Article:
Mapping Baltimore’s Inequalities
If you’re a data nerd, you could get lost in the New York Times data maps of the 2010 census information. Sometimes a good map can reveal information more vividly and directly than a paragraph of text — take, for instance, the image showing the change in median household income over the past decade. It’s a clear picture on the block-by-block level of which neighborhoods are winning (Hampden; Charles Village), and which are collapsing (Remington, Waverly, Reservoir Hill). But that’s not the whole story.
The map of households earning annual incomes of $200,000 or more (below) looks pretty much like you’d expect — wealth is concentrated in the north of the city, with smaller pockets downtown and to the west of the city:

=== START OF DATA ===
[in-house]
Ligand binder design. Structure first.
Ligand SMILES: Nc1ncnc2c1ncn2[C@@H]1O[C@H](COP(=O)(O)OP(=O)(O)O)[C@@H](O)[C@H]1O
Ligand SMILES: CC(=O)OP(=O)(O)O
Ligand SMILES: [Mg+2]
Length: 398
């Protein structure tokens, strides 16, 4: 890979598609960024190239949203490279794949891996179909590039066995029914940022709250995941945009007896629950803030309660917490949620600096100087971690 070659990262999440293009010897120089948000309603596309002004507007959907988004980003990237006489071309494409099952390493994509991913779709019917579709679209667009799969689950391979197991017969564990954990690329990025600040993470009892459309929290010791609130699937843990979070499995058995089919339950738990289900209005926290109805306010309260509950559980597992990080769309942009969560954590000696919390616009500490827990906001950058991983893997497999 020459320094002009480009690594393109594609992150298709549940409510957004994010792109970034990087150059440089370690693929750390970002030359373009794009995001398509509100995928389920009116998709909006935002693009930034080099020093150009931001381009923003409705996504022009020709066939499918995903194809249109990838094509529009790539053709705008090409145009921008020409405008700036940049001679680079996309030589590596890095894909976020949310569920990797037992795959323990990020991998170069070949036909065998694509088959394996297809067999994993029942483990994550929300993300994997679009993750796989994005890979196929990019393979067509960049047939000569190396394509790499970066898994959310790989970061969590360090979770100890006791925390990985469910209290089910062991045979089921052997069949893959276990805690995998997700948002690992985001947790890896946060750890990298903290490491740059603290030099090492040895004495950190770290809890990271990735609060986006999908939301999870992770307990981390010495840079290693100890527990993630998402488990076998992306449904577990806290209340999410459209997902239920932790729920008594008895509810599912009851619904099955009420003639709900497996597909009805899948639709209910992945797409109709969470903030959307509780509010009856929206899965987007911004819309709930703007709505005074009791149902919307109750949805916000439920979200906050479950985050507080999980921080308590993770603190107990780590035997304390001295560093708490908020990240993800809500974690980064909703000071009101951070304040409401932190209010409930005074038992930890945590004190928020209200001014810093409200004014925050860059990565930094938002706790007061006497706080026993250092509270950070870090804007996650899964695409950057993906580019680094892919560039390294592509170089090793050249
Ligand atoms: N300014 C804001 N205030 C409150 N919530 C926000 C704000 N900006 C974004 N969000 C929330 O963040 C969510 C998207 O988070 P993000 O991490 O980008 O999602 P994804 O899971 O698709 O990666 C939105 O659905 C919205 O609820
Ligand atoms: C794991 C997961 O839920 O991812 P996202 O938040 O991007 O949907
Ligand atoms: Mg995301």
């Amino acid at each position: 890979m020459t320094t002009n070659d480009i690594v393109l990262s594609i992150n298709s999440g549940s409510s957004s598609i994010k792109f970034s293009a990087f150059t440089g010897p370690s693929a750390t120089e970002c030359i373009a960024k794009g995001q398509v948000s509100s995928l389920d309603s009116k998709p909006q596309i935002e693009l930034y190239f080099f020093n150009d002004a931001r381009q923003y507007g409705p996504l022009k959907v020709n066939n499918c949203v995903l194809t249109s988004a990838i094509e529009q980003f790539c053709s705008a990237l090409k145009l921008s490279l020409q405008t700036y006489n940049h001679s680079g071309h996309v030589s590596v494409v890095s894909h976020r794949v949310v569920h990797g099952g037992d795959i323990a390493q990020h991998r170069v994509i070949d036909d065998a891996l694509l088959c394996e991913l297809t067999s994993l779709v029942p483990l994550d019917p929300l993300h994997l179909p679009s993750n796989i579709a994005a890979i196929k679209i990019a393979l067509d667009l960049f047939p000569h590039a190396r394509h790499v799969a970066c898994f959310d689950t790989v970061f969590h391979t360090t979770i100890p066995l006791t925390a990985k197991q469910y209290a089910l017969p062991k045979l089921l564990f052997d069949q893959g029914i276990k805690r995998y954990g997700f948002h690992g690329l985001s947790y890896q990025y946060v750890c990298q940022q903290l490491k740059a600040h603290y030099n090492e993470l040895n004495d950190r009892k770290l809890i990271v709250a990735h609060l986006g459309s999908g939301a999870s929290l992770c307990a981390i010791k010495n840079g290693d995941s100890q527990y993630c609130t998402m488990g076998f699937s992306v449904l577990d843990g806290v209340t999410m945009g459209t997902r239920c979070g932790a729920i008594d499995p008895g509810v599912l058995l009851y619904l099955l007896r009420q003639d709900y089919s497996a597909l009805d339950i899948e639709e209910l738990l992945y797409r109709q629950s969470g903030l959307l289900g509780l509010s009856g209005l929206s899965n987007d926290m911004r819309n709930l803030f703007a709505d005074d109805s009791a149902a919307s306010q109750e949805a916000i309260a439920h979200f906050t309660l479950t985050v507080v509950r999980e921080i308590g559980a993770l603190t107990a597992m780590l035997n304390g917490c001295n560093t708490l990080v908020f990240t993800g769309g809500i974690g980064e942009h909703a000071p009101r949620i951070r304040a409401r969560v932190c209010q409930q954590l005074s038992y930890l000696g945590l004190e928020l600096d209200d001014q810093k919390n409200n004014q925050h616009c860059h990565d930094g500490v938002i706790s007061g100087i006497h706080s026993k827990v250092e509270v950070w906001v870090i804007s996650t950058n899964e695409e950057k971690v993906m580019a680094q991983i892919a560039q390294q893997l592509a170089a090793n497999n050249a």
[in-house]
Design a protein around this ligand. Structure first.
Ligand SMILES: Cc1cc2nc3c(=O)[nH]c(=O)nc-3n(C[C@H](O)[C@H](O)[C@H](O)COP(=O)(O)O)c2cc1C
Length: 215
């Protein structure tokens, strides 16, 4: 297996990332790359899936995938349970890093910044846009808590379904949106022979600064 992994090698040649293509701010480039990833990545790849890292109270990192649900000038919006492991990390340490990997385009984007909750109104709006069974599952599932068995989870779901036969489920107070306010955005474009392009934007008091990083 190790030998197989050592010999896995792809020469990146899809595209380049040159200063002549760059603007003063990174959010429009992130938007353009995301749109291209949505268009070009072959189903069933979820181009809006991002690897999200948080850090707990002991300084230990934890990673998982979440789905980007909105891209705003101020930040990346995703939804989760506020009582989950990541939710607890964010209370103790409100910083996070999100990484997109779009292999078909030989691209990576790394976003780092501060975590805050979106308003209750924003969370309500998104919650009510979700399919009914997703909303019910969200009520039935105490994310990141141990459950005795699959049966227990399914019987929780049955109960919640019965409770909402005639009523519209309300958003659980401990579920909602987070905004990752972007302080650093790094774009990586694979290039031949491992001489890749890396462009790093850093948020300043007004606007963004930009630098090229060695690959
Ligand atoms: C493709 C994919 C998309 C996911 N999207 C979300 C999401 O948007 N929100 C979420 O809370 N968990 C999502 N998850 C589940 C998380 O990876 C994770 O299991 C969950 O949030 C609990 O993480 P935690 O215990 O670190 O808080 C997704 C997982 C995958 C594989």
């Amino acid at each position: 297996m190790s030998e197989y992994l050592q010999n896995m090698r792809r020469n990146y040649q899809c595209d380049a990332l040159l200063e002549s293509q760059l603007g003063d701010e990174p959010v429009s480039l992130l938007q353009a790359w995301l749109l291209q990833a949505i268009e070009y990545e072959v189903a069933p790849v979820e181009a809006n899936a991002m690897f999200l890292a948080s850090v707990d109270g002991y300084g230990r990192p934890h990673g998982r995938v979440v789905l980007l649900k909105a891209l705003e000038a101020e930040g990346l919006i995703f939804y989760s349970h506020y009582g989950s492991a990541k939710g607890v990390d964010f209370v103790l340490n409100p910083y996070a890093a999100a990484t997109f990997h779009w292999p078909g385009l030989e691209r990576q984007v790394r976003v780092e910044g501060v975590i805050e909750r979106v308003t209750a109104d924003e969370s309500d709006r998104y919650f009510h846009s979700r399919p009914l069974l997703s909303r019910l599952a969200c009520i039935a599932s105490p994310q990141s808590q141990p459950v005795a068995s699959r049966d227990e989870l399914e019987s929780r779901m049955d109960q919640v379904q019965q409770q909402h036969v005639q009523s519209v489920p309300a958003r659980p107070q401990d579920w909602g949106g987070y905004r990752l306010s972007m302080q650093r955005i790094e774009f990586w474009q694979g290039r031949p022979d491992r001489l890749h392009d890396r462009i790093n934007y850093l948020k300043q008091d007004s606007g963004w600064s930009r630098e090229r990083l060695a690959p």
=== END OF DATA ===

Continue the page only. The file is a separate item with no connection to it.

But if you look at the actual distribution of household wealth, money in Baltimore turns out to be quite a bit more scattered, with rich people sprinkled throughout the city:
However, the city is still remarkably segregated when it comes to race:
And there’s a pretty clear line between who does and doesn’t send their children to public schools:
So, Baltimore — do these maps reflect the city you know?